Yesterday, Bo Pelini raised eyebrows in the way he talked about linebacker Phillip Dillard:
He is healthy and I expect him to come out there and compete for a job.
“We’ll see how things shake out,” Ekeler said. “But right now, he’s down a ways.”
Get your attention? It sure did mine. Here's more:
“I really don’t want to get into all of that,” Ekeler said. “But there are certain things that we ask. I’ll just leave it at that.”
Dillard's injury last year looked season-ending when it occurred, though Pelini made it sound like Dillard would be available later in the season. But he didn't play. Not even in the Gator Bowl. At the time, I attributed it to Pelini taking the lead of Bill Snyder in trying to mislead the opposition as far as injury status goes.
Now I'm not so sure. It's obvious that the coaching staff isn't happy with Dillard at this time. I don't know when this changed; Dillard was named a captain for last year's spring game, so it's something recent. Perhaps it was an offseason thing, perhaps it was how he worked with the training staff to recover from the injury.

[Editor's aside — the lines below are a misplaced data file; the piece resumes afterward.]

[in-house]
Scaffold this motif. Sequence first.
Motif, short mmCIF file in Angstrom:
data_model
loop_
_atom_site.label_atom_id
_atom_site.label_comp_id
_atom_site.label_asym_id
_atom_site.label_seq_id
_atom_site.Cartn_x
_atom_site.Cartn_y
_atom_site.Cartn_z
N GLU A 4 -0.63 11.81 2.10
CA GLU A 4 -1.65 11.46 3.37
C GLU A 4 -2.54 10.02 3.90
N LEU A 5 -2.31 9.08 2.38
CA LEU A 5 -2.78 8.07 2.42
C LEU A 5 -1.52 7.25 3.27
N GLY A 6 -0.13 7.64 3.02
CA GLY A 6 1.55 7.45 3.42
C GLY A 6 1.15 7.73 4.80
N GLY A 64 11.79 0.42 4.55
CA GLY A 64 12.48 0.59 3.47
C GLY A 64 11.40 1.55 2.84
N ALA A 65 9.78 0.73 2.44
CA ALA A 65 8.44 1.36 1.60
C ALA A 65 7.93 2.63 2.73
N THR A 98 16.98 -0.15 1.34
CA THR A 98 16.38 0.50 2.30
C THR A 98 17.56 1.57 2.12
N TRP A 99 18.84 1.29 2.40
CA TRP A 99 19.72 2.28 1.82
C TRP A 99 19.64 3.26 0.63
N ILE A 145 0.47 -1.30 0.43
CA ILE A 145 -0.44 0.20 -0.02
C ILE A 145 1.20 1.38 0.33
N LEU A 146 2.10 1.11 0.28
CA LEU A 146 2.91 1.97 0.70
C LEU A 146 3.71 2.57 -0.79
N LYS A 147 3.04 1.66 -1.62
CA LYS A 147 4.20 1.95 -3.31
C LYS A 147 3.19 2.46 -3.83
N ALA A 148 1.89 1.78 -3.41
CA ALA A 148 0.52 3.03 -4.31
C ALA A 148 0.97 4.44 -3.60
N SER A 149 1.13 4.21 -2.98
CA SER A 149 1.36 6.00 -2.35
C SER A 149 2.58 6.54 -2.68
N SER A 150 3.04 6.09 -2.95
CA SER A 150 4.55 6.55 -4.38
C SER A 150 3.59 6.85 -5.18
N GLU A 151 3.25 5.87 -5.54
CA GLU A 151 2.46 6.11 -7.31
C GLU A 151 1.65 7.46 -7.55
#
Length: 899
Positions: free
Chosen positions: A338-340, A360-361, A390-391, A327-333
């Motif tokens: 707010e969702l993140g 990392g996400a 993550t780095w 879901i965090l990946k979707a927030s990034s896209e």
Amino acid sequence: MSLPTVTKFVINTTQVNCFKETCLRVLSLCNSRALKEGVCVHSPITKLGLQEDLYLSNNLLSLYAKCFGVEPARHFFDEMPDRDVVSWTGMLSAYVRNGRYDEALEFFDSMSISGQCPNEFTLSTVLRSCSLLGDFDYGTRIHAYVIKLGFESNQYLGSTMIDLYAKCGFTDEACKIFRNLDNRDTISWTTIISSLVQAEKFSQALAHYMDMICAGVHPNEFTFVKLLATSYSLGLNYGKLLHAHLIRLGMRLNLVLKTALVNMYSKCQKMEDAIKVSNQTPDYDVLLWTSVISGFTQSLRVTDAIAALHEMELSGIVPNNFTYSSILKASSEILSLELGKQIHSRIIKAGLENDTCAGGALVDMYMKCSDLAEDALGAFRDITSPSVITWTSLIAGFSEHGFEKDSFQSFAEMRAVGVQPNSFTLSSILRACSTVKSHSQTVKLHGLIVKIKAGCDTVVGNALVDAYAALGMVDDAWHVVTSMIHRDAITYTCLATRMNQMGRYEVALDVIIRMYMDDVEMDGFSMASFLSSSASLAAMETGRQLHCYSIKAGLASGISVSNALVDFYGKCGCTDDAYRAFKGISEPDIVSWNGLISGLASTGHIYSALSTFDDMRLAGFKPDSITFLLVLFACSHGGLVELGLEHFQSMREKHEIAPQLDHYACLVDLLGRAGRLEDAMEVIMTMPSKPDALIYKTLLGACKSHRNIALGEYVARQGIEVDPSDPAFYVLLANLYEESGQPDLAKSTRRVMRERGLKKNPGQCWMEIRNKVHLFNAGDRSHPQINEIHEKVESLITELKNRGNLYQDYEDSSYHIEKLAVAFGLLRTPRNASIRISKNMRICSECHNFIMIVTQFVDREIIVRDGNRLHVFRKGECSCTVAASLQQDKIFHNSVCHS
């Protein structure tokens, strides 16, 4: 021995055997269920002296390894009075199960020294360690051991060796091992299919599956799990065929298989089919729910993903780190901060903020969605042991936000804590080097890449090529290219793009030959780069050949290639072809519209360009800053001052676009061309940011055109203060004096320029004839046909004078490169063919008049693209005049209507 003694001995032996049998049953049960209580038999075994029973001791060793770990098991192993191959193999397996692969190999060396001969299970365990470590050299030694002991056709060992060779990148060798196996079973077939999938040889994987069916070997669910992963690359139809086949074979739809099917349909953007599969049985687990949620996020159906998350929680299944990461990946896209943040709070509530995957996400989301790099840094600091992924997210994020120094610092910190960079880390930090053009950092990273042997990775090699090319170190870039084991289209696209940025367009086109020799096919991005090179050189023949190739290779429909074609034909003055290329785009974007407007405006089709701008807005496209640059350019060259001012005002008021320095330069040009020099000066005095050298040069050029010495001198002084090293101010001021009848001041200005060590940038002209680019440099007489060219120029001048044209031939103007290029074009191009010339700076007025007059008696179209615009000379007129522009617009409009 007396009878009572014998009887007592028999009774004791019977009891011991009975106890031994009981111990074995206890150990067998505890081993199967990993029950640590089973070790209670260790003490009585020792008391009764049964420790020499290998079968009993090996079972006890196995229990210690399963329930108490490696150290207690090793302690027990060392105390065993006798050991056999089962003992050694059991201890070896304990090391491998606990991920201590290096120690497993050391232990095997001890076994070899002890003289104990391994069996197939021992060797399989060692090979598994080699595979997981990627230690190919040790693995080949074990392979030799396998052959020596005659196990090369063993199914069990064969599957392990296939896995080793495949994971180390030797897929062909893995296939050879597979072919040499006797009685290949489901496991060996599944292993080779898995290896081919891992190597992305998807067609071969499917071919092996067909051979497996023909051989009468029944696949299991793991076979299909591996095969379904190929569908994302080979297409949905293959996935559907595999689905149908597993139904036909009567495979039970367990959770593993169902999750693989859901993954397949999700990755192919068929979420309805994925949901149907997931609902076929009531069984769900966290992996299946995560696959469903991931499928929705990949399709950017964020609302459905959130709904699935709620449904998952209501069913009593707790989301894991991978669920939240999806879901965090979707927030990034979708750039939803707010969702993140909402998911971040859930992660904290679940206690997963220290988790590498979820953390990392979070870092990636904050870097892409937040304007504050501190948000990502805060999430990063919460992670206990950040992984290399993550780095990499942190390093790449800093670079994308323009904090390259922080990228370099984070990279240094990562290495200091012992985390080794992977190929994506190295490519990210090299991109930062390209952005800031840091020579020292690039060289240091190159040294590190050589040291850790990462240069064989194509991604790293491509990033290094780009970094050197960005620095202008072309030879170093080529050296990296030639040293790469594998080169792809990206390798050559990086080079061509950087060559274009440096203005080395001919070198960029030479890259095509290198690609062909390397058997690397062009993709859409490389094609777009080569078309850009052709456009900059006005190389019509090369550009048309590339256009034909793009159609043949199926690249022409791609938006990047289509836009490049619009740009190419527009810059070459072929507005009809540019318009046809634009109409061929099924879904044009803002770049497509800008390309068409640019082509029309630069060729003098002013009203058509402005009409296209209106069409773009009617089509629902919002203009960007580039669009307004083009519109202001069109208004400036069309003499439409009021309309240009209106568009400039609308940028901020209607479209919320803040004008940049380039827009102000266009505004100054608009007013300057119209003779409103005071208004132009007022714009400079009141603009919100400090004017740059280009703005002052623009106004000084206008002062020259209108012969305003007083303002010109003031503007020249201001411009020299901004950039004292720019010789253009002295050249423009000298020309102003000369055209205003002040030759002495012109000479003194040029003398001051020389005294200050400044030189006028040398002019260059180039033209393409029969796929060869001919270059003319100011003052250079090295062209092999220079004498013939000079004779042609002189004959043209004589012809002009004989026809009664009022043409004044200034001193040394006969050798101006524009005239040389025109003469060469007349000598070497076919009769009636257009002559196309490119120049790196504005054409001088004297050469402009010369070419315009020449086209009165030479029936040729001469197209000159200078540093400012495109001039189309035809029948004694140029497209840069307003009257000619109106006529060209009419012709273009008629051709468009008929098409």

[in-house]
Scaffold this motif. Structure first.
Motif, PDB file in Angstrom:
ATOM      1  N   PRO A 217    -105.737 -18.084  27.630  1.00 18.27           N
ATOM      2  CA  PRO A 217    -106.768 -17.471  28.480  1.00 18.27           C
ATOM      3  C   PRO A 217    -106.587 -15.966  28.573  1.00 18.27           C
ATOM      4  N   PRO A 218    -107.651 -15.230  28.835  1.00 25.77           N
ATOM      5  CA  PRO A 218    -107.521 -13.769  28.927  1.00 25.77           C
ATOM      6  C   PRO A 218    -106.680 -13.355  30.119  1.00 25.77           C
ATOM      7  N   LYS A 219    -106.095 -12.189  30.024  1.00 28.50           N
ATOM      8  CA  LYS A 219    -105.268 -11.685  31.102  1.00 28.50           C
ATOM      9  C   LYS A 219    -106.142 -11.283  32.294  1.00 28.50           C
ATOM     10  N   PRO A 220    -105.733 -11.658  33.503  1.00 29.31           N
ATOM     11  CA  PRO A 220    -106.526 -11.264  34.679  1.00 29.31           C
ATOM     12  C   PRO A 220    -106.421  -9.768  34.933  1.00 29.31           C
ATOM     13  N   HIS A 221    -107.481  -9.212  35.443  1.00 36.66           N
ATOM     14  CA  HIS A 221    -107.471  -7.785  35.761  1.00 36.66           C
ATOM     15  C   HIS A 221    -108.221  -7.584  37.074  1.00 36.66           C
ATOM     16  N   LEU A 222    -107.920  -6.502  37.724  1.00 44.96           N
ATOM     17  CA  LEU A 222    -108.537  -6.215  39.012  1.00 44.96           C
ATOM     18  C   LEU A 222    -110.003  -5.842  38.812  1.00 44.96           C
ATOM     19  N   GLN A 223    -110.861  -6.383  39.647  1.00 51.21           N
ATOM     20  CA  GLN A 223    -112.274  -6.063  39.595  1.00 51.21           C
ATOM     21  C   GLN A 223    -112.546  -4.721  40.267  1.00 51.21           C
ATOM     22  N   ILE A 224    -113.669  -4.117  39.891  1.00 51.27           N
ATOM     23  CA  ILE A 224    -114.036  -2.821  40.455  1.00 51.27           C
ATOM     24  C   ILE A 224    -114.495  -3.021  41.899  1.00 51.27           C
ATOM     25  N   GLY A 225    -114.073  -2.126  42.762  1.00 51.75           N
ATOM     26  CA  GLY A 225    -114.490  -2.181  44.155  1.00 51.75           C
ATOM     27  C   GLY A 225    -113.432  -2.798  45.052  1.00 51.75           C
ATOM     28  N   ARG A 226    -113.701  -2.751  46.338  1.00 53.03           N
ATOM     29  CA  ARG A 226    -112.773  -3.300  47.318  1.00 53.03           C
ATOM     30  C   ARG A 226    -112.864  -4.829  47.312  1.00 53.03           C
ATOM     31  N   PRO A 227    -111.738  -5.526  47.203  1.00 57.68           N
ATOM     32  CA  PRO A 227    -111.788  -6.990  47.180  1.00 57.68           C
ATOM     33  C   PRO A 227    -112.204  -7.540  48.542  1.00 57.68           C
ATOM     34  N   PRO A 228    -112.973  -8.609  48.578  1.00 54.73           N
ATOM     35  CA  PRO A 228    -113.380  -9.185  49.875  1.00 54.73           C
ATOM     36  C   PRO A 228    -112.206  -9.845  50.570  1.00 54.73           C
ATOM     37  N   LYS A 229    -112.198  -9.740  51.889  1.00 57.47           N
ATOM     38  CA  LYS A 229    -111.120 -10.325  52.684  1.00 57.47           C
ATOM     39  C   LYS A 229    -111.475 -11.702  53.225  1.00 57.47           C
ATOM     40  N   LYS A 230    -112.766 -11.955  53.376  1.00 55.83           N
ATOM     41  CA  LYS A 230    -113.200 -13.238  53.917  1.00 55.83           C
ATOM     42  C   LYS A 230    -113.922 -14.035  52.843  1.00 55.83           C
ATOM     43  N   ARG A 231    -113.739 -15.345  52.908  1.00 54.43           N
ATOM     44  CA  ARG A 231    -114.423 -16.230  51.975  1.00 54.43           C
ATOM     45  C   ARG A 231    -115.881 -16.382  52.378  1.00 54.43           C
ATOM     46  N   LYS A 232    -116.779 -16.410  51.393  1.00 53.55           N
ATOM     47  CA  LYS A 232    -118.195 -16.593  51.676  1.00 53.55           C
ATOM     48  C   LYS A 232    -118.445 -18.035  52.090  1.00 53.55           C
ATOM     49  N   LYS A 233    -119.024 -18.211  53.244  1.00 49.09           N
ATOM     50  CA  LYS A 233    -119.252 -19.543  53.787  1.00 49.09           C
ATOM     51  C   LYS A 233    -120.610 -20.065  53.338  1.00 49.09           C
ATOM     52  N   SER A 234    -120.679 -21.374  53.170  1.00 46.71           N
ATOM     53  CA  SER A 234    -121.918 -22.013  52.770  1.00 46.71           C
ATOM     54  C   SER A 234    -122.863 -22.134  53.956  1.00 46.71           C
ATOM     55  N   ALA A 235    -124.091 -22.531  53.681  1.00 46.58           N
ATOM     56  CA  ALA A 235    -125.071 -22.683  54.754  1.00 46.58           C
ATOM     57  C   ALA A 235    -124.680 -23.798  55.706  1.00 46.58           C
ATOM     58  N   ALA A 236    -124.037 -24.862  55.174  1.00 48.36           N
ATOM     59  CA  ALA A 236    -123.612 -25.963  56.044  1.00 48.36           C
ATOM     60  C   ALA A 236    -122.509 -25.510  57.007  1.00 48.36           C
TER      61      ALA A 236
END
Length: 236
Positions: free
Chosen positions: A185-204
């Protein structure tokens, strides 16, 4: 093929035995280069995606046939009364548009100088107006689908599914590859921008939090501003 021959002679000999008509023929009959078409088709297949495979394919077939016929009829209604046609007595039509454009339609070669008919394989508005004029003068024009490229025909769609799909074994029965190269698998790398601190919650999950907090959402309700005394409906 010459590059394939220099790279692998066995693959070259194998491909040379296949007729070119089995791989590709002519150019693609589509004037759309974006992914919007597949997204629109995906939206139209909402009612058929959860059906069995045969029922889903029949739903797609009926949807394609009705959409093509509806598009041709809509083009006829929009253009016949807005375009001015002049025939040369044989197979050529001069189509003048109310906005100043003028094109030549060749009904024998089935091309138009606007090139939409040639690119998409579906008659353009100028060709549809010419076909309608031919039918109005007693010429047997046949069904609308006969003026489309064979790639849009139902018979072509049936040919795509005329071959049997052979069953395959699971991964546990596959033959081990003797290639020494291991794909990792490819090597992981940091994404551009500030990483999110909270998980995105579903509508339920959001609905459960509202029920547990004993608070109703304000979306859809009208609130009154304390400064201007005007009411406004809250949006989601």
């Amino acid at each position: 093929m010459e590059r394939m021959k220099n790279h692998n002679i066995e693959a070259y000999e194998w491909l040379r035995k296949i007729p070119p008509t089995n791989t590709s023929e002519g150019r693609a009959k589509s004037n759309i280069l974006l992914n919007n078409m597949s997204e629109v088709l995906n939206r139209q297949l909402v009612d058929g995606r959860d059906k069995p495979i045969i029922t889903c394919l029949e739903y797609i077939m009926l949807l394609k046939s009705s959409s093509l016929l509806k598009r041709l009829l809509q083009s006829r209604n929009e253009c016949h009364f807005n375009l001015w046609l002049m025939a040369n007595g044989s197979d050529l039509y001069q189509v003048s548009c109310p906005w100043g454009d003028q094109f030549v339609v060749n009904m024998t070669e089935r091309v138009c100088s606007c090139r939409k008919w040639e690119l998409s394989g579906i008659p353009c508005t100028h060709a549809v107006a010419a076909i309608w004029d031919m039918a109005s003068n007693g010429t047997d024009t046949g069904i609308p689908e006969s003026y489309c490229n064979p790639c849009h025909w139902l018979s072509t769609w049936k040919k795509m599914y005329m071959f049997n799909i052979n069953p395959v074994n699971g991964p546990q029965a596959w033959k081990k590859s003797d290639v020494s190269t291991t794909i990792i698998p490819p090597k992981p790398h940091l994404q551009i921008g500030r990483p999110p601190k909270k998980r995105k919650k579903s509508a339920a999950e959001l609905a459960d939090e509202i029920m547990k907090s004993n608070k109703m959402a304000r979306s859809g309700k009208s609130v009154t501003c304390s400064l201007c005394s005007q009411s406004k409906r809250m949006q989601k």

Suffice it to say that a message is being sent to Dillard; we'll see how he responds to it. It looks like Nebraska is ready to move on with or without Dillard in the lineup. Pelini sent a strong message last year when he started freshman walk-onMatt Holt at Texas Tech; Pelini puts a greater emphasis on being ready to play over raw physical ability and potential. Some fans will undoubtedly obsess about Dillard and wonder how Nebraska's defense could handle the absence of their most experienced linebacker.
My response? If Pelini doesn't think Dillard is ready to play, then he'll only hurt the team by playing. It may be a preparation thing, it may be a discipline thing, it may be an attitude thing. It doesn't matter. It's Pelini's call, and Dillard's responsibility to rectify whatever he's done wrong.